Never the Bride and Something Borrowed by Paul Magrs
Just before I started this blog, I read a book that gave me a sustained bout of chuckling all the way through. On the face of it, Never the Bride was a cosy mystery set in Whitby, with two old ladies doing the sleuthing… But underneath it’s a rather different animal.
B&B owner Brenda and her friend Effie seek a quiet life in Whitby, but when weird things start happening, they can’t resist investigating. What ensues is a wonderfully Gothic black comedy featuring mysterious makeovers, aliens on the run, the Christmas Hotel where it is always Noel, and the even more mysterious Mr Alucard, not to mention our heroine Brenda – who is not what she seems.
This book was an absolute delight from page one, a gently hilarious and quirky tale full of weird and wacky adventures for the not quite OAPs Brenda and Effie. The nods to Frankenstein, Dracula, The War of the Worlds and other classic novels of that ilk fit perfectly with the otherworldlyness of Whitby – which is obviously a hotbed for paranormal activity! I gave it 10/10.
So why did it take me so long to read the next book in the series Something Borrowed? After all, there are now three further titles in the series. When I read start reading a series and really love the first book, I’m always slightly afraid that the second novel won’t live up to the first.
It was like meeting old friends, I needn’t have worried. Of course this time I knew Brenda’s secret…
Above all I felt that I was fitting in at last. I was happily inconspicuous. A little tall, perhaps. I am a heavy-set woman, with undistinguished features. My hands are rather large. I tend to keep them out of the way, and try nto to gesticulate when I speak. My accent is difficult to pin down, for I have lived in many different towns and counties. I slather my face in thick make-up, so that it always has a slightly unnatural hue to it. Not out of vanity, you understand. I look more like someone covering something up than I do someone deliberately flaunting herself. I hear people wonder: burns? Scars?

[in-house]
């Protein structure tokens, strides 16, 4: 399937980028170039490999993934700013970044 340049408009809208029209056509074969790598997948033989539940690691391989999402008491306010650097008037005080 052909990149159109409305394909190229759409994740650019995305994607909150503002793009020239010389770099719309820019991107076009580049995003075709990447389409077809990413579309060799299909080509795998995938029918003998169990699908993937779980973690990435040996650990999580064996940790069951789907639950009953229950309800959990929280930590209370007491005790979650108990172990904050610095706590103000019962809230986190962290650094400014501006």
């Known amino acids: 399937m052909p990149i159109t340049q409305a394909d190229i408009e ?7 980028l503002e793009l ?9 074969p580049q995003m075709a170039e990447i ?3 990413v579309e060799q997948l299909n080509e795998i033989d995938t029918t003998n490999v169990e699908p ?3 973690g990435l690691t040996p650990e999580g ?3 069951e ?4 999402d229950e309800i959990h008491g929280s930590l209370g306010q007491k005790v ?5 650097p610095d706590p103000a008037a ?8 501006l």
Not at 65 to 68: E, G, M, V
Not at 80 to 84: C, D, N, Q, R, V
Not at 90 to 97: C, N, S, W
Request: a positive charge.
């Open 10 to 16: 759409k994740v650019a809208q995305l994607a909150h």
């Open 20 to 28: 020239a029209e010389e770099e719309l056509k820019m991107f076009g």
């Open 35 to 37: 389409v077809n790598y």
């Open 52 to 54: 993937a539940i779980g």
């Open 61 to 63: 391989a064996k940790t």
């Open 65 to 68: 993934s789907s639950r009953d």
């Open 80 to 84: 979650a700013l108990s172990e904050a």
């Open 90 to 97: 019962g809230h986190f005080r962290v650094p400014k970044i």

It’s not long before trouble finds Brenda and Effie though. Someone is writing poison pen letters, and then Jessie the Zombie Womanzee is causing problems. Enter on the scene the ghost-hunting Professor Henry Cleavis, who causes Brenda to re-live a previous life. Dare she let herself love him after all these years?
It’s not necessary to have read the first book to enjoy this one. Magrs cunningly integrates most of the necessary back-story without seeming repetitive to familiar readers; you’d be missing a treat if you didn’t read Never the Bride though. The first book was more episodic in nature, involving Brenda and Effie in a series of adventures. The arc of the second again involves several plots, but rather than being sequential, they’re woven together into a whole which makes for a more satisfying story overall.
The most important thing is how you can’t help but really care for Brenda and Effie. They’re chalk and cheese, but make a wonderful partnership. Big, lumpen, Brenda has a heart of gold, and is kind and gentle, whereas Effie is nosy and petite and can be quite sharp with it, but the two women have forged a strong bond of sisterhood.
These novels transcend categorisation – They’re hilarious; they’re an affectionate spoof on all things paranormal and Gothic horror, yet with a small town cosy crime sensibility featuring two of the most lovable amateur sleuths you’ll ever find. Overall, these books have such a sense of fun, that I definitely won’t wait so long before I read the next one, and Magrs gives some hints of what is to come too. (9.5/10)